13. First of all, SPECTATOR VALUE? GTFO of here with that ****. Giving a single **** about what spectators want when it comes to designing settings is the biggest bonehead move any competitive gaming community can make. If you dumb down the competitive experience to draw in more spectators, you end up exactly how Halo has. No depth and no fans. Great job on taking 7 versions of Reach to remove Sprint, MLG! All 5 spectators loved the Sprint and AAs being incorporated! Compromising the integrity of a sport to get a few extra people watching the stream is not only a disgusting disgrace to the game, but it doesn't even work! 95% of the spectators MLG ever got for Halo were players that wanted to see the most competitive Halo gameplay possible. Not somewhat competitive Halo. Not even mostly competitive Halo. The MOST competitive. I want to put two teams of 4 on even ground and watch them fight for their lives. The intelligent, resourceful, and dedicated survive. The rest get forgotten while the best are immortalized. I cannot fathom a world in which that same spirit can coincide with prioritizing spectators over the competitors. Secondly, game flow is an extremely abstract concept. You cannot possibly wrap your head around the flow of a map or even a game because if the game has any depth at all the flow will constantly be evolving and changing. The flow of H2 in it's first year was so drastically different from its flow in 2007 because of how insane the game had gotten. I don't doubt that Solace has poor flow and probably never would have improved much at all, but it's certainly not an objective fact. Some people still consider two teams staying on their side to be a good flow. Like I said, the problem with using terms like "good" or "better" are that they are entirely opinion based. Just because someone says they think Solace has good flow or is a good map overall doesn't mean they are lying or somehow wrong. They just don't agree with you. If you can agree with them on what it means for a map to "flow" and can objectively prove that by looking at actual matches, then you'd have some ground to stand on when you say it has "objectively" poor map flow. As far as your food analogy goes, the problem with that falls apart when realize the role of judges. They have multiple judges in sports without OBJECTIVE scoring methods (cooking, movies, diving, gymnastics, ice skating, etc.) exactly BECAUSE the judges are expressing their opinions, not facts. You could take a dive that received three 10s at one competition and show it to three different judges and get three 8s. That's the nature of those sports, and competitors are frequently at odds with how judges make their decisions. Even with efforts to standardize scoring for things like gymnastics has failed because different judges value the skill of different techniques more or less than others. Maybe you just don't understand the meaning of the word objective: "not influenced by personal feelings or opinions in considering and representing facts" When people rate movies, they are expressing their opinions. If they were expressing facts, then how could they possibly disagree so wildly on almost every movie ever made? Some will inevitably average higher ratings than others, but that doesn't mean it is objectively better than other movies because it assumes the goal of the movie was to appeal to as many people as possible. What is probably the most ironic part about your post is that you disagree with me about what I value in competitive maps and try to tell me I'm wrong. You say we should "obviously" base it off of map flow and spectator value, but that is (wait for it) your opinion. All these years I've tried to give idiots on the internet the benefit of the doubt when I see them expressing their opinion as fact. "Surely they are just getting emotional in the moment of typing their post!" I would tell myself. Even reading your post I had to believe that your username is appropriate and you're just trying to make people like me mad. If that's the case, then you win, but somehow I doubt it (though you may claim it was the case to save face). Your post has actually enlightened me to the truth that no, all of those people were actually ignorant enough to believe they were right in a matter that is completely subjective. Congratulations on relieving me of one of the few remaining slices of faith I had left in humanity.
  14. No map is "objectively" better than another because there are tons of different opinions on what it means to be "better". To some people Narrows may feel like the epitome of competitive Halo. To myself and others, they consider it linear aggression personified. If you want to determine which maps are objectively the best, you must agree on a definition of what constitutes a good map. For noobs, it would simply be how much they enjoyed it. If you have 100 people playtest Narrows and Midship and 90% of the people consider Narrows more fun, then by the standard of noobs, Narrows would be a "better" map. Ofc, if you did the same test with hardcore players, you'd probably get a much different result (though some of the posts on these forums make me not so sure). To me, a great way to objectively determine the competitiveness of a map is to look at a the key components of competition. Two basic ones that hopefully everyone on these forums could agree with are: 1. How well is the skill gap represented in the score? 2. How consistently is the skill gap represented in the score? #1 is tested by taking statistics of score disparity on each map and the preferred gametype (because you can't play maps in a vacuum ofc). If both maps are being tested for competitive viability with TS, then a map which frequently ends close to 50-45 can be said to be a poor competitive map. Assuming you are sampling a wide range of player/team skill levels randomly, you should not be ending with a lot of close games. A map that ends with a 50-30 to 50-35 kill disparity is a much healthier competitive map because when you get more evenly matched teams competing, the score must reflect the skill of each tmie with more and more precision. #2 prevents "broken" maps from being perceived as competitive. If a map allows super broken spawn killing that is nearly impossible to get out of, it will seem to be competitive in the statistics when you are looking at component 1, but if you notice that teams are winning about half of their matches on a certain map, you can chalk up the score disparity of each game not to a reflected skill gap but to the map being a virtual coin toss. The best team should always win, and while that may not be the case in reality where emotions run high and teams choke, consistency is still a great thing to look at. With all this in mind, it's important to realize these are not everyone's opinions about what makes a map good. It's dumb to argue with someone about whether a map is better than another when you have two different opinions on what "good" is. It's unlikely two players experienced on the same two maps have had relatively different experiences. Their perspective is what makes them disagree with you, not their experience (though it can play a factor when you start talking about drastically different skill levels and such). If you want to brag about how some maps are "objectively" better or worse, I'm all for that because I'm pretty confident my opinions would reflect the competitive aspects most people (claim to) value in their Halo games. All I'm saying is at least collect some statistics to back up your claim if you're going to bring objectivity into the discussion. Just saying something is objective or even a FACT without any quantitative evidence is embarrassing and frankly pitiful to watch. Quantitative evidence to support a change for v9: Amplified gets vetoed 99% of the time in the MLG playlist. Source: my years of watching the veto counter hit 8 in under 3 seconds every time it get chosen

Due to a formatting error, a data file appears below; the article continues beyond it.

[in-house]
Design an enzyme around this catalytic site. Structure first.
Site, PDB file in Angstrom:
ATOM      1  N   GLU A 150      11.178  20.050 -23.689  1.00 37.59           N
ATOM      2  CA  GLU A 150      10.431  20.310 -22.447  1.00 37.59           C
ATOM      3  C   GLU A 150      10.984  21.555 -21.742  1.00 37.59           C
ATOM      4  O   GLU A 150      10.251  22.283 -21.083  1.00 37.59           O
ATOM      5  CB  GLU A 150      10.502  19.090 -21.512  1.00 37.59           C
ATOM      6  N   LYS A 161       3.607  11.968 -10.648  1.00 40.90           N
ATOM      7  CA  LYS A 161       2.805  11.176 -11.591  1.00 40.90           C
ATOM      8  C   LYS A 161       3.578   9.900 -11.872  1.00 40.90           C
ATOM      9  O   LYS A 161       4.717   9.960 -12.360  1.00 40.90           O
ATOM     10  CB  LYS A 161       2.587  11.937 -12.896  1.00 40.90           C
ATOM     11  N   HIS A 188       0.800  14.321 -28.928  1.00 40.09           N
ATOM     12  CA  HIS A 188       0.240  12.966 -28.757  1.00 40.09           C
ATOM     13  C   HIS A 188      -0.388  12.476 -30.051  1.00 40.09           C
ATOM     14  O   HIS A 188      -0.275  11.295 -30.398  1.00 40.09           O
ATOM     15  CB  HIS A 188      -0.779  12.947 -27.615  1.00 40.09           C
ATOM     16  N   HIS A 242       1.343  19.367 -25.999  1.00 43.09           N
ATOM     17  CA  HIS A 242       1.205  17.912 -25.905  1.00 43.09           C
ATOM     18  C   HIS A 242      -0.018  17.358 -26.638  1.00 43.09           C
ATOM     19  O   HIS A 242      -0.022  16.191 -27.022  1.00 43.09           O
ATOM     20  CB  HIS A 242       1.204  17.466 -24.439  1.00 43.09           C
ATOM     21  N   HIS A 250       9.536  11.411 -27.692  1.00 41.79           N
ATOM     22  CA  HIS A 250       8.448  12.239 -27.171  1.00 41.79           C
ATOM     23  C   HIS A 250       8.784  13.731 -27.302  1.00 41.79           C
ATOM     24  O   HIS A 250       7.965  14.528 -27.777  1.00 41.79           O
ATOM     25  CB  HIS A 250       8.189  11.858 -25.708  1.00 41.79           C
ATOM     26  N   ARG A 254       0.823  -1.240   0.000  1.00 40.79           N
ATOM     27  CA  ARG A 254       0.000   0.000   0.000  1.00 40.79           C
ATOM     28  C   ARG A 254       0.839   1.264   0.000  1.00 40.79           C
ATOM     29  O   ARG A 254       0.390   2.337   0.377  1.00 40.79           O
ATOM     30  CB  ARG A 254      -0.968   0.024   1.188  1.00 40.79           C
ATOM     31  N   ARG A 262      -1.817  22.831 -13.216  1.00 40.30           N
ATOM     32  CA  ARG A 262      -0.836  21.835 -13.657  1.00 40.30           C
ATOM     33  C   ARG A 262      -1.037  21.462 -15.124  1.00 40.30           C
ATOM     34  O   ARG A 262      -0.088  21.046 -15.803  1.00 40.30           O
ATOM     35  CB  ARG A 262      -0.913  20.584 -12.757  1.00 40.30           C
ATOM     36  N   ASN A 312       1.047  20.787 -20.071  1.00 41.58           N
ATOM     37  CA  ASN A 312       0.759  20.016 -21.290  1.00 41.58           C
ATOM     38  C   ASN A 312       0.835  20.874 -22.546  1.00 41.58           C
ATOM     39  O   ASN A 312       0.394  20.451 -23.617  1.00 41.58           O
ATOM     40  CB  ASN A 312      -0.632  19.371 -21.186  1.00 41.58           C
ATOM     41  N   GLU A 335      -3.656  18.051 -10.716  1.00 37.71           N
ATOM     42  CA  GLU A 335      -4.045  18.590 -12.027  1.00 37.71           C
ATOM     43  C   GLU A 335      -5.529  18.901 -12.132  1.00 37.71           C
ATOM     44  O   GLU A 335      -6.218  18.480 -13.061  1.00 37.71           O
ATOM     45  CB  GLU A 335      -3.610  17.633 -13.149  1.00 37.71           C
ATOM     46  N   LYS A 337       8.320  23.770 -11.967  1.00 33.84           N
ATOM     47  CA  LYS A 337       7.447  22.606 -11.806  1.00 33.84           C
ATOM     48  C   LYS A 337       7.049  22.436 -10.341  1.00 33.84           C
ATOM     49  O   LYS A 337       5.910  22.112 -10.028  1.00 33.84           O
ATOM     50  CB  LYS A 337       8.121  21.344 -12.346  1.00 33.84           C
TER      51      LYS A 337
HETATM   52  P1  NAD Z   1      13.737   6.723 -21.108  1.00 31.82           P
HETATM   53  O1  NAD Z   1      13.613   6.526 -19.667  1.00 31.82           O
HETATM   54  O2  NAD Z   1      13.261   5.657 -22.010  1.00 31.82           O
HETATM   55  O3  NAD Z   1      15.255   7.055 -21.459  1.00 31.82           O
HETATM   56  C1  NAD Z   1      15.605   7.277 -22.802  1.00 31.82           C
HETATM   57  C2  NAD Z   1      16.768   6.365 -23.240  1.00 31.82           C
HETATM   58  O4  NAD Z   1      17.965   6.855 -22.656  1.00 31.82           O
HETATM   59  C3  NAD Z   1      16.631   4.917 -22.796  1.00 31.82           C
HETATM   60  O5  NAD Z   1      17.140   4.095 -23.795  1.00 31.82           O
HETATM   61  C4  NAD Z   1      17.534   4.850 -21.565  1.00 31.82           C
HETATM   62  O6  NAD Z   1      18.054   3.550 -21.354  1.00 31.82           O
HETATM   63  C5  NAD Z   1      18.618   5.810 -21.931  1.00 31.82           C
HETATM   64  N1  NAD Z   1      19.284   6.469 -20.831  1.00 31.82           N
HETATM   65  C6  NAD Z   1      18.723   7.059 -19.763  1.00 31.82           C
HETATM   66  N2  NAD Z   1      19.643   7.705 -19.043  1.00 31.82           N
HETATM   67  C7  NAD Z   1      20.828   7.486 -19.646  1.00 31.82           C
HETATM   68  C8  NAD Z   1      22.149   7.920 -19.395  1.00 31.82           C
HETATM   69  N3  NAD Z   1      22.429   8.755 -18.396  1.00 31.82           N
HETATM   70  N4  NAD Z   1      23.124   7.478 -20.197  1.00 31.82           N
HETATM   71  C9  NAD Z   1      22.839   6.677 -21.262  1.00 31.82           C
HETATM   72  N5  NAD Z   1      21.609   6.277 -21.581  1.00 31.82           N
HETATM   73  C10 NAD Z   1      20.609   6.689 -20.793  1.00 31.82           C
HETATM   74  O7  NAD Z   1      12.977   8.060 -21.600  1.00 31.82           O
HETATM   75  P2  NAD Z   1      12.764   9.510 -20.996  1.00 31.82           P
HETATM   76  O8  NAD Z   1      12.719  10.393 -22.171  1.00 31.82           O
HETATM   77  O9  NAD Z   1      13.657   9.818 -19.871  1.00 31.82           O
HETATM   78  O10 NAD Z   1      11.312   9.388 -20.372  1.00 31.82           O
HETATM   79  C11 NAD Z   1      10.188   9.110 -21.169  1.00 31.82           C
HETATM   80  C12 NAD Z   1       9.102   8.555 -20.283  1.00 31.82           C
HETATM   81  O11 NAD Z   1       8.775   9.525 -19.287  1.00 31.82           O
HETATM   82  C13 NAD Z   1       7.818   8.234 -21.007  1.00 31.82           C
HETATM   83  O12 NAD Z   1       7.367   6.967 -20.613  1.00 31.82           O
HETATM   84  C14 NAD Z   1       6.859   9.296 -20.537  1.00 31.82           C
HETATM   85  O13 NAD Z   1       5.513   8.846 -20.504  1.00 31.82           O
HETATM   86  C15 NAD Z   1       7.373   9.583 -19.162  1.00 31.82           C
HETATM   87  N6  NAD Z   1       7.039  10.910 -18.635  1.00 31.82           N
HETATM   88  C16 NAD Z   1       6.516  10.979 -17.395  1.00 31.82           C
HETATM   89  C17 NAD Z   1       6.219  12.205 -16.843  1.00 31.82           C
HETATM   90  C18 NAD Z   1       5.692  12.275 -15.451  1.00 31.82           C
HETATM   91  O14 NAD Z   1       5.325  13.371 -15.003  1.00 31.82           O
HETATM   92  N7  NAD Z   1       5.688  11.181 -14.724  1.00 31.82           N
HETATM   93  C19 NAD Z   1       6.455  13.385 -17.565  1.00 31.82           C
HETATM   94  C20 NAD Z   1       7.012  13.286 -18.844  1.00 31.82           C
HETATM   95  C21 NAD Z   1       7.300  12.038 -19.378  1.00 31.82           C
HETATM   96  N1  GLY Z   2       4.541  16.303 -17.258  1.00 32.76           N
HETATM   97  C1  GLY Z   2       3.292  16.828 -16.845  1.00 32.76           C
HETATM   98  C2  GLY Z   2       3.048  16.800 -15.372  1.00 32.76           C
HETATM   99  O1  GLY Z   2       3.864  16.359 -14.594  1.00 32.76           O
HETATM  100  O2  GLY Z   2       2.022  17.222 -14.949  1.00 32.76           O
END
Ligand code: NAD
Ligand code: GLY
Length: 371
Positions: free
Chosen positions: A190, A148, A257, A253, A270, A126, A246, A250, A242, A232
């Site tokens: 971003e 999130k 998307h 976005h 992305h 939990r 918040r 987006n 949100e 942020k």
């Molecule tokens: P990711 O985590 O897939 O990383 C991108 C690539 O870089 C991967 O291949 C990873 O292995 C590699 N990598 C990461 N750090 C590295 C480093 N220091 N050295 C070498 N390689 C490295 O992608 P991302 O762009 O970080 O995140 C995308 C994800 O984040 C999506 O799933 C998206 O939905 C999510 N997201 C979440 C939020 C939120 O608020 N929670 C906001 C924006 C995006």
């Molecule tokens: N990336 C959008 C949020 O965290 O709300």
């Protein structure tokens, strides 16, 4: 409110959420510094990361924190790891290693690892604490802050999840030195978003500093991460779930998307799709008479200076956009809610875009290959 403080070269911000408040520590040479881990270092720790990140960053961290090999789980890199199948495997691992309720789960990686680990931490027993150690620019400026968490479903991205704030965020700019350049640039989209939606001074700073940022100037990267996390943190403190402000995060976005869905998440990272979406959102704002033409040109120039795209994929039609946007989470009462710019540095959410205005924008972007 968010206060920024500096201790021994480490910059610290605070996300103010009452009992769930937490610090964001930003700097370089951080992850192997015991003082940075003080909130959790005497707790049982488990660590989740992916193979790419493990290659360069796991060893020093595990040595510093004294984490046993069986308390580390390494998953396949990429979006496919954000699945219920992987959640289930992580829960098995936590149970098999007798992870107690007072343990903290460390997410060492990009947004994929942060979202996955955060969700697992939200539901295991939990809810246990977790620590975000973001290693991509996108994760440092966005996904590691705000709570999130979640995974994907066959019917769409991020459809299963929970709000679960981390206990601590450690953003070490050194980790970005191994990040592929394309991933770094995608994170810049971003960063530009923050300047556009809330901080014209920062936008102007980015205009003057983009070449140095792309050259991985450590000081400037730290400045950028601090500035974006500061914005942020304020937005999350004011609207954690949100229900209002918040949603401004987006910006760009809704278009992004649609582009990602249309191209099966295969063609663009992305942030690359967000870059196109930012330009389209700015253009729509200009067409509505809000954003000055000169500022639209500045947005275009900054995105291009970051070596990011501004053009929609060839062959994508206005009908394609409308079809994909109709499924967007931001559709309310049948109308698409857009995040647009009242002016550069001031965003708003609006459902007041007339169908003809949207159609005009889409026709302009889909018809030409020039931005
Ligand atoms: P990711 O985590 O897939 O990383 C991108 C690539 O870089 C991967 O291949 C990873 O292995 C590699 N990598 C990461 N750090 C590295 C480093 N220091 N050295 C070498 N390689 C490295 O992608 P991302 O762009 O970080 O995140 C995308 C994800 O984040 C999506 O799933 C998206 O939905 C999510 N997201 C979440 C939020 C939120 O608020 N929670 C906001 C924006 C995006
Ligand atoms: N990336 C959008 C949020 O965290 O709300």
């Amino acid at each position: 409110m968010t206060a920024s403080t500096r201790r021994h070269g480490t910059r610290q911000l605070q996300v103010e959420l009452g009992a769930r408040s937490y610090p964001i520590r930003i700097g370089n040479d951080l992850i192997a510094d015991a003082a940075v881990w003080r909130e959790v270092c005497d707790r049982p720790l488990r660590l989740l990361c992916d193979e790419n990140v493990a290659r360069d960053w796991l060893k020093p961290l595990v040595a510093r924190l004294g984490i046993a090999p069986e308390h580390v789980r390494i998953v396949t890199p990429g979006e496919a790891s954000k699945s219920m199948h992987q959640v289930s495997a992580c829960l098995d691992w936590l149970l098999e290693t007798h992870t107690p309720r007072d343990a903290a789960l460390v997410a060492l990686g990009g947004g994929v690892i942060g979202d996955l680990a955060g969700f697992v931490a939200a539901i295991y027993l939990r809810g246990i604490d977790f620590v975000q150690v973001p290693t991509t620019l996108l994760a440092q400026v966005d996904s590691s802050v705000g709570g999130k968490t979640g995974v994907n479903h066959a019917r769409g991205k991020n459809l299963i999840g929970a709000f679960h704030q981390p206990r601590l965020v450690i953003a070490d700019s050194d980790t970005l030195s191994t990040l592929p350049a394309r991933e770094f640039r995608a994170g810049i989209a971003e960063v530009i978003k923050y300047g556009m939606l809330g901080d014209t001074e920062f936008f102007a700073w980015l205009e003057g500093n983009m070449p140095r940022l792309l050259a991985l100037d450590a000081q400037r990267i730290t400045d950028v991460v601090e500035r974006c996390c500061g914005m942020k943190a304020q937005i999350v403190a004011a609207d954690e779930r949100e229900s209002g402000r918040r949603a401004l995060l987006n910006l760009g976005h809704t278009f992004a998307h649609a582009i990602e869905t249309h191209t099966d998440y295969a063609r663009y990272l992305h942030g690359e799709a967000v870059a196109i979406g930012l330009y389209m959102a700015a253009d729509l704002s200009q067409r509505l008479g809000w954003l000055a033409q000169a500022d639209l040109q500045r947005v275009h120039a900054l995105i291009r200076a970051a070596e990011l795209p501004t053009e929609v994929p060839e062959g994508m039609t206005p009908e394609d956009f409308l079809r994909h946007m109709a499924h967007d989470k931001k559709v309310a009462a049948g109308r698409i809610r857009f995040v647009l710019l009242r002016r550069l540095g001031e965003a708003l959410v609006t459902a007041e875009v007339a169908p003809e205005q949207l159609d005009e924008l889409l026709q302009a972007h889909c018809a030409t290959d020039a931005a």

15. Is there any reason people haven't tried to make a modded gametype that fixes that BR spread (or just outright makes it single shot)? I'm guessing it's just not feasible, but if it could be done, it should be. The only thing that frustrates me playing H3 is the BR. #PickingUpCarbinesInMLG